While she was eating, they told her that they were members of a group working to fight the Ultra, something which could take a long time. Their members numbered in thousands, but there needed to be a further groundswell, support for those who knew that crimes had been committed, against humanity, but were powerless to do anything about it. What they needed was a hero, inspiration, stories. The name Lev Smidovych was a name which had come down to them from their forbears, but at the time of his death all documentation regarding him had been destroyed – except for the diaries. Some ‘guardian’, no doubt had done the right thing, perhaps keeping the pages for some years before depositing them in the Municipal Library. Lev’s story, when the right time came, was one that needed telling to the world.
“We want to make four copies,” said the pale-eyed woman. “We have no devices, but as you can see, we have paper, pens, pencils. Will you help us?”
“It was a diary, yes,” said Elsa, as her companions began to write, “but it was also an autobiography, the story of Lev Smidovych’s life. Lev was born of parents, who though they lived modestly, had inherited wealth. They were musicians, playing a variety of stringed instruments, and who travelled about, performing sometimes with quartets, sometimes with full orchestras. That is until, late in their marriage, Lev was born. His mother gave up travel at that time, and after a while, so did his father. Their greatest pleasure was to play little tunes for their child, and when he was old enough, to introduce him to his first violin.
Lev was twenty years old when he learned that there had been a resurgence of the virus which had swept the world and taken the lives of his parents. On the day he heard this he went home, closed the shutters and locked the doors, lit a lamp and resolved to stay away from the outside world. That was until he ran out of water.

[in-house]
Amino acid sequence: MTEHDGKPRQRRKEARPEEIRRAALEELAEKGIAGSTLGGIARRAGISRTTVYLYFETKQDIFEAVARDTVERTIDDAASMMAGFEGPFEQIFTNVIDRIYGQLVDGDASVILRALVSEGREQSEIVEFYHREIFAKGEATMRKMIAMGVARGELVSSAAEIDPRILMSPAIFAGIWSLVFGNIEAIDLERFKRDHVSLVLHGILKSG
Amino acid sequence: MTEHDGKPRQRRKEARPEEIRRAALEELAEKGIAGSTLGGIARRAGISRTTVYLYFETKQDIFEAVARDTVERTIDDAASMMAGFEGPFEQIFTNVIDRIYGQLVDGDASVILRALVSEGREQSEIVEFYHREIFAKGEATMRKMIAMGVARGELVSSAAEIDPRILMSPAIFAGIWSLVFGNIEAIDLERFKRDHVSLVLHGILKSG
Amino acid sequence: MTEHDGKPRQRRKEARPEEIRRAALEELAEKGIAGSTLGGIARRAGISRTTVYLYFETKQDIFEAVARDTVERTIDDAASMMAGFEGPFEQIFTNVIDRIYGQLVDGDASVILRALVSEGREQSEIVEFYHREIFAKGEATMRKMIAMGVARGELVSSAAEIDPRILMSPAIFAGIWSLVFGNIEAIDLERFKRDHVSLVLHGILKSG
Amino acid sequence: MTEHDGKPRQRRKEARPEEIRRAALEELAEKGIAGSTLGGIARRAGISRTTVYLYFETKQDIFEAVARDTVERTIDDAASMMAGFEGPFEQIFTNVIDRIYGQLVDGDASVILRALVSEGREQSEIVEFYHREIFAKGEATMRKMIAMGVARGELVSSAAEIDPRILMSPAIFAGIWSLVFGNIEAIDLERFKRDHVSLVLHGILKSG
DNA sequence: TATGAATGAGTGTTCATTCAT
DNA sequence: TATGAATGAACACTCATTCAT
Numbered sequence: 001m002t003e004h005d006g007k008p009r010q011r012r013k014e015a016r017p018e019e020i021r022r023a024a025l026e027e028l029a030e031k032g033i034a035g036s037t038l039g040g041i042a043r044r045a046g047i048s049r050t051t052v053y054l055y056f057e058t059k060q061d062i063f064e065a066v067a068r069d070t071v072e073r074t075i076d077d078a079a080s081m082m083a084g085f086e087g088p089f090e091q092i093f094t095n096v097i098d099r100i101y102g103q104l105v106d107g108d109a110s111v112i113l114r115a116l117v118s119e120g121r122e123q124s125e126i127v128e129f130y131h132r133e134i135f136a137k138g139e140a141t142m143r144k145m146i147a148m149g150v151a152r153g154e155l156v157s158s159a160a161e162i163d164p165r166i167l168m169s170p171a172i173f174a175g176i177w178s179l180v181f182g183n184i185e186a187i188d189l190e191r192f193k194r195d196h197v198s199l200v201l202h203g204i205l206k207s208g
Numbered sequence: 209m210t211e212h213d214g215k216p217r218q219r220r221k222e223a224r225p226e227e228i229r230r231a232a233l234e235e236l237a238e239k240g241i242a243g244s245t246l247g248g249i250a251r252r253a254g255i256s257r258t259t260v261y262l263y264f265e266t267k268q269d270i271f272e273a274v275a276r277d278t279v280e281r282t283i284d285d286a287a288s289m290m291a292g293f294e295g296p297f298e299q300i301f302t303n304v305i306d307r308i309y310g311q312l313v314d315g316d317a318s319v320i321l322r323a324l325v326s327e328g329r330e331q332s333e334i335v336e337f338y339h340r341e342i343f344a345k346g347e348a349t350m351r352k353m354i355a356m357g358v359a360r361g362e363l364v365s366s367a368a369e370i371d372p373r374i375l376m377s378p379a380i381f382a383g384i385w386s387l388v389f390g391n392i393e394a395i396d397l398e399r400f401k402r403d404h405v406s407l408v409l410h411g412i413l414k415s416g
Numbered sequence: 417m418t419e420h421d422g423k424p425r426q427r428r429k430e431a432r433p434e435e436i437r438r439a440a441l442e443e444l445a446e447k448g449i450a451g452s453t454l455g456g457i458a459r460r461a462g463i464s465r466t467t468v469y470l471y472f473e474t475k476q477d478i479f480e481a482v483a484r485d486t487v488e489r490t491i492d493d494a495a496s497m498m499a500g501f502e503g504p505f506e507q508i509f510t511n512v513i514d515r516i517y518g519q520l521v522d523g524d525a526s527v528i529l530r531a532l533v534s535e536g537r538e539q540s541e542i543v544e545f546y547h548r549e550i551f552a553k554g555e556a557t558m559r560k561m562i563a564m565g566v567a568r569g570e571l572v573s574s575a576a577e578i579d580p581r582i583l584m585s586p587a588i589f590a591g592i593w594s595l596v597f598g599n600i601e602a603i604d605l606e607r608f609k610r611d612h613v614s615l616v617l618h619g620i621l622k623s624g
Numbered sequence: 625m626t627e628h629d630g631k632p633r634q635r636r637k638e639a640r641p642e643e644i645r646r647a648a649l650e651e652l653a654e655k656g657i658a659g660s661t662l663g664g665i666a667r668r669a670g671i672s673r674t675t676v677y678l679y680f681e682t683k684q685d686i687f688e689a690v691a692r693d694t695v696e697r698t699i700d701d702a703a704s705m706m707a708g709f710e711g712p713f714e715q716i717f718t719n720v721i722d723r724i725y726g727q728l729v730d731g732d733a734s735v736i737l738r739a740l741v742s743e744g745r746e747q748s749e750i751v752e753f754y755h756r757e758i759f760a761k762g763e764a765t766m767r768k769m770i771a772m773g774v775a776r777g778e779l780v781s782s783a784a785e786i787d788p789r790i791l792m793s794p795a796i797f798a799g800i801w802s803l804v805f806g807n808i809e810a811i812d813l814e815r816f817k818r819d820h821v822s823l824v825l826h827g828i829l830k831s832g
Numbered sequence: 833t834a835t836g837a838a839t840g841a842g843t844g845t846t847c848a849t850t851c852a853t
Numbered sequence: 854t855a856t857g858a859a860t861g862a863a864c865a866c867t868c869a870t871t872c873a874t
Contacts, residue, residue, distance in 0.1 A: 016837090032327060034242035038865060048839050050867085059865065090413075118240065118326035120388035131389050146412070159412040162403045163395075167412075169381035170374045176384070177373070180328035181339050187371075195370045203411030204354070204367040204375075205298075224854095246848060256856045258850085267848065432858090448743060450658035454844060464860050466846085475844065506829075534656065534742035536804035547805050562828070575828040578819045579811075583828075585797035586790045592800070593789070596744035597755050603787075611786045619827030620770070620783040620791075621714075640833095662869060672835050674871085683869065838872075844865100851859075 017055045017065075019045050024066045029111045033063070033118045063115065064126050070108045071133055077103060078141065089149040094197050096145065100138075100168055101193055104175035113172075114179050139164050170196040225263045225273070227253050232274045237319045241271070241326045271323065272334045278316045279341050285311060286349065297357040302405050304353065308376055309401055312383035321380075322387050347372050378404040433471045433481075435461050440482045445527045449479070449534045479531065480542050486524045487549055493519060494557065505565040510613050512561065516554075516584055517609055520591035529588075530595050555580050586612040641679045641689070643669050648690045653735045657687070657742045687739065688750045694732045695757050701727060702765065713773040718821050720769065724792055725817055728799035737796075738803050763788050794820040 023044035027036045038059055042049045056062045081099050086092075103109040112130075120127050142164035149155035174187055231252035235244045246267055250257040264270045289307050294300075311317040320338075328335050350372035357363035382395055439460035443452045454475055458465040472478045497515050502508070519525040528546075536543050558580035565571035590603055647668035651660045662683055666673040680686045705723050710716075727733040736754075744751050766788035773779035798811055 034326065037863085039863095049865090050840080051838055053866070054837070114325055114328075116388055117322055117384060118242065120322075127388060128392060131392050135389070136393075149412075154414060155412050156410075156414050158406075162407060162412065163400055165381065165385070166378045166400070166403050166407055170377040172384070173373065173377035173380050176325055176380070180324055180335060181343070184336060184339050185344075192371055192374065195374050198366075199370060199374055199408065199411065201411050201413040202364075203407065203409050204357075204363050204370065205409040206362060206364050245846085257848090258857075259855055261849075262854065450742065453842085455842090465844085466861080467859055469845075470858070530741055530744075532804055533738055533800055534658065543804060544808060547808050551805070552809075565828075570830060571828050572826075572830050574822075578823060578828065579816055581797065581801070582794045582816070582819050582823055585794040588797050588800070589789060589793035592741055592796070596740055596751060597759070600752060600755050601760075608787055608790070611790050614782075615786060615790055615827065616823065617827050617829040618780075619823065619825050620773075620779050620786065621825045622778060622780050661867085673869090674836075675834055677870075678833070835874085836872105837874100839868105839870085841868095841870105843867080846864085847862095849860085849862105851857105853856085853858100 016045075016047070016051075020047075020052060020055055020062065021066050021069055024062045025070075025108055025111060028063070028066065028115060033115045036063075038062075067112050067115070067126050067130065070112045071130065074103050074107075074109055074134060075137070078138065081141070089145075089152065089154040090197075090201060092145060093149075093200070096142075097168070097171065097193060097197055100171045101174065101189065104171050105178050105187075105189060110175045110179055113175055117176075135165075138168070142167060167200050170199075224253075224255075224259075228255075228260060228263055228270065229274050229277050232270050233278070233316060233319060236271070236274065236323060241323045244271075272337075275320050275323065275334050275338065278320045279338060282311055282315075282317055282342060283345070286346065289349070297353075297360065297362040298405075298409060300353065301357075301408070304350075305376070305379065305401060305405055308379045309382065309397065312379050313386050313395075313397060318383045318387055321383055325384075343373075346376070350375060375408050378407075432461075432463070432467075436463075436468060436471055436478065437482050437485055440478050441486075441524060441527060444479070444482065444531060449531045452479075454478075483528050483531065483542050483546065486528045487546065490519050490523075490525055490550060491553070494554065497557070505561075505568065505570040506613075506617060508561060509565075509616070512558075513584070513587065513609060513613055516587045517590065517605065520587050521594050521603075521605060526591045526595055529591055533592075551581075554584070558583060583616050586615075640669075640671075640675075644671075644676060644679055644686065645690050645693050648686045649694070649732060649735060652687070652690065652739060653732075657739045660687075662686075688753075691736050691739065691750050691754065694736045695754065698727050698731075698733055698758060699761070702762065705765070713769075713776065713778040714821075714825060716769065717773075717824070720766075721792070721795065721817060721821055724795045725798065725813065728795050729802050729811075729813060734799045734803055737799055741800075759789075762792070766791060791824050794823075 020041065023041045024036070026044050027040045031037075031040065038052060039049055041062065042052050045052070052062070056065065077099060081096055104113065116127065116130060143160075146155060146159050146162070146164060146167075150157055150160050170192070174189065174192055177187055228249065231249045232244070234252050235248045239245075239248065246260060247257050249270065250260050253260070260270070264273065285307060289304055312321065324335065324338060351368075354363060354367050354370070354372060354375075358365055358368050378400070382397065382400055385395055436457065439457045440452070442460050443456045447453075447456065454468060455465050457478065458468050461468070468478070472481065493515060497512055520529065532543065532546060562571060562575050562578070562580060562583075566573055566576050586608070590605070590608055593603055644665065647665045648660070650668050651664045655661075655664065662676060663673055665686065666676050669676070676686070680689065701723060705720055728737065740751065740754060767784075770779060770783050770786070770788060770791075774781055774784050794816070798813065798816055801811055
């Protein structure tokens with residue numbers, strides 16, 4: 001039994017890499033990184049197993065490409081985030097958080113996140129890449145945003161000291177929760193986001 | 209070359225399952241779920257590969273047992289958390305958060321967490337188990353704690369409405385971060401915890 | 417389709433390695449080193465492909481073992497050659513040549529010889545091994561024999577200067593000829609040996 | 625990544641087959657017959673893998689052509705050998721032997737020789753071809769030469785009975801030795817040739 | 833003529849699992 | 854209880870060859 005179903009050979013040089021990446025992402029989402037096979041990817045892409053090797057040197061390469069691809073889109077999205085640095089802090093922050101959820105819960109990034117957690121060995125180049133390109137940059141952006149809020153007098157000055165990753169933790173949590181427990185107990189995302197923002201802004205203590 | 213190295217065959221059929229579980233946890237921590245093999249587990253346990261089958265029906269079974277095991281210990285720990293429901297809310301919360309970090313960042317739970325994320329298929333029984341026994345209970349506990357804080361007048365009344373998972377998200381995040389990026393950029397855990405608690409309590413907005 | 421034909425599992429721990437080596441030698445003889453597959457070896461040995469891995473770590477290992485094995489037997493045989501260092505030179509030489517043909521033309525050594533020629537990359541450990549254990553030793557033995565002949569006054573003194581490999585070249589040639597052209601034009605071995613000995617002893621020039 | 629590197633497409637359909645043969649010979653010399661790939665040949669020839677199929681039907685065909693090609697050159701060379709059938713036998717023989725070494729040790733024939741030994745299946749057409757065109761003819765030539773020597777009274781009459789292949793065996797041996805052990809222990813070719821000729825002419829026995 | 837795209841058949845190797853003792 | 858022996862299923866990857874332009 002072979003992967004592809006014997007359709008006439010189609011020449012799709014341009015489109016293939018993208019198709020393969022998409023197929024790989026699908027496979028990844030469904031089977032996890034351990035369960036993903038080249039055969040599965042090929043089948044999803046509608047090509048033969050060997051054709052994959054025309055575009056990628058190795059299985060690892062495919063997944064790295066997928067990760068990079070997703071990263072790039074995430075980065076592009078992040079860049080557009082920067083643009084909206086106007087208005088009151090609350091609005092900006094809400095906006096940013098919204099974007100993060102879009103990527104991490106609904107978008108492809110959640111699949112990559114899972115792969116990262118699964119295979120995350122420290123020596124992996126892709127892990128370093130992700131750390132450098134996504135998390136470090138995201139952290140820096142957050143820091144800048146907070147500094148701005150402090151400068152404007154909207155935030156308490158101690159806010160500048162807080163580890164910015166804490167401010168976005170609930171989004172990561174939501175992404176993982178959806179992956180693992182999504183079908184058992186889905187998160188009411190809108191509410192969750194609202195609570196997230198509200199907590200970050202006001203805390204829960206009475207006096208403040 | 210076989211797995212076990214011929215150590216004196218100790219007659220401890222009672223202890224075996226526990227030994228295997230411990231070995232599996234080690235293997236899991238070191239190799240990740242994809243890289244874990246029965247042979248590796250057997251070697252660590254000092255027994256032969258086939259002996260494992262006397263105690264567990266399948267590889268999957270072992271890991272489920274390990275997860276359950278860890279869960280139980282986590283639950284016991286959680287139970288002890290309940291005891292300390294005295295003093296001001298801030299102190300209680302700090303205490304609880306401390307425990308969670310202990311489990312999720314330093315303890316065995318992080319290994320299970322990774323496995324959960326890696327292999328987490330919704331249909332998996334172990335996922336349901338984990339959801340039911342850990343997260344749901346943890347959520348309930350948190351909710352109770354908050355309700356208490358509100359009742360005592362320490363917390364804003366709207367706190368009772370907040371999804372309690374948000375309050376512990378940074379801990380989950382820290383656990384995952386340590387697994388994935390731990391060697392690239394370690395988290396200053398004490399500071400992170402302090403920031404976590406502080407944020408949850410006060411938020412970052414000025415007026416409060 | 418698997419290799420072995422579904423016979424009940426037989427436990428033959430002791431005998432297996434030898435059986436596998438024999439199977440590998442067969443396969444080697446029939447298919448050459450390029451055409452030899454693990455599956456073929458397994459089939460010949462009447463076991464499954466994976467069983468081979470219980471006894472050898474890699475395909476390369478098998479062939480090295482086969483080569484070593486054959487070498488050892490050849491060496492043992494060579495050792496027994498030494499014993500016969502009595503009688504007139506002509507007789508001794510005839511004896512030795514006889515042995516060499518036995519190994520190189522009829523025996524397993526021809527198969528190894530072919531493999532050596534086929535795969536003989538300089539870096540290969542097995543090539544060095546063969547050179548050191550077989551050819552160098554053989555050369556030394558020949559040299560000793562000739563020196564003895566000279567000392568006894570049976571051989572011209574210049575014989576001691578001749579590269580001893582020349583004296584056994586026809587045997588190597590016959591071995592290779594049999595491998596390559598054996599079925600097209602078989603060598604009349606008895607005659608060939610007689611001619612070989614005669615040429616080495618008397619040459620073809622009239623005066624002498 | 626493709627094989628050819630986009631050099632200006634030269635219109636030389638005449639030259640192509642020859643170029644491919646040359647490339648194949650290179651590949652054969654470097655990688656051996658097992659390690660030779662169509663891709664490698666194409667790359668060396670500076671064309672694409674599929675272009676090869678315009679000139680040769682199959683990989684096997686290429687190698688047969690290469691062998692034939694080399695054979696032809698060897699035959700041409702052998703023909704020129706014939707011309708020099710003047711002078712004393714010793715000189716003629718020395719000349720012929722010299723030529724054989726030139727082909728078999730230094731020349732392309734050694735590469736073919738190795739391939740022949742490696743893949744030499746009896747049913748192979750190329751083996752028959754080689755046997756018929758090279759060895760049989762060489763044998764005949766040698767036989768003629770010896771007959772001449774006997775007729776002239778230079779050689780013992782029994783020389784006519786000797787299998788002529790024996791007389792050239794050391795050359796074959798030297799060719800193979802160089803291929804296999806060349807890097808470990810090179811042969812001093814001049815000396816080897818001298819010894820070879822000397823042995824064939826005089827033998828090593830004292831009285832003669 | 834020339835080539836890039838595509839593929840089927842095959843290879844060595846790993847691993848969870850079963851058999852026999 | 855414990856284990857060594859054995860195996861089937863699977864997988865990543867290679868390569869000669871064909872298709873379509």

Elsa described in detail, the empty streets, how Lev had gone in search of water, how he’d felt drawn to climb and look in through the window of the pharmacy, what he had witnessed, the vision of the future which had come to him. On his way home he realised that the empty streets had also been part of that vision as people came in and out of houses, shops stood open, the paper sellers were out in the streets, an ambulance went by. He purchased water and went home.
The name Lev Smidovych was a name which had come down to them from their forbears, but at the time of his death all documentation regarding him had been destroyed – except for the diaries
He lay on his bed and asked himself questions: ‘Why am I alive?’ ‘Why have I been shown what was shown to me?’ ‘What has been laid out for me in this life?’ ‘What shall I do now?’
The answer he gave himself was: ‘I must go and tell the poor of the world what those in power have in store for the ‘unwanted’. I will go to the beggars, the derelict, the orphans the vagrants, the homeless, the malnourished, the paupers, infidels, the cripples, hunchbacks and the blind, the soothsayers and witches. I will find the learned and the seers and all who would get in the way of Ultra having complete power. I will play my fiddle, we’ll gather, and I’ll tell them of what was shown to me - a vision wherein the ‘unwanted’ were piled into ambulances, taken away and killed, or buried alive in mass graves and never heard of again
The next morning, he left his apartment. Gathering together a coat, food and coins for the journey and taking up his violin he set out.
“That’s enough for today,” the pale-eyed woman said. “The library does not open tomorrow. You must stay the night with us. In the morning we’ll continue.”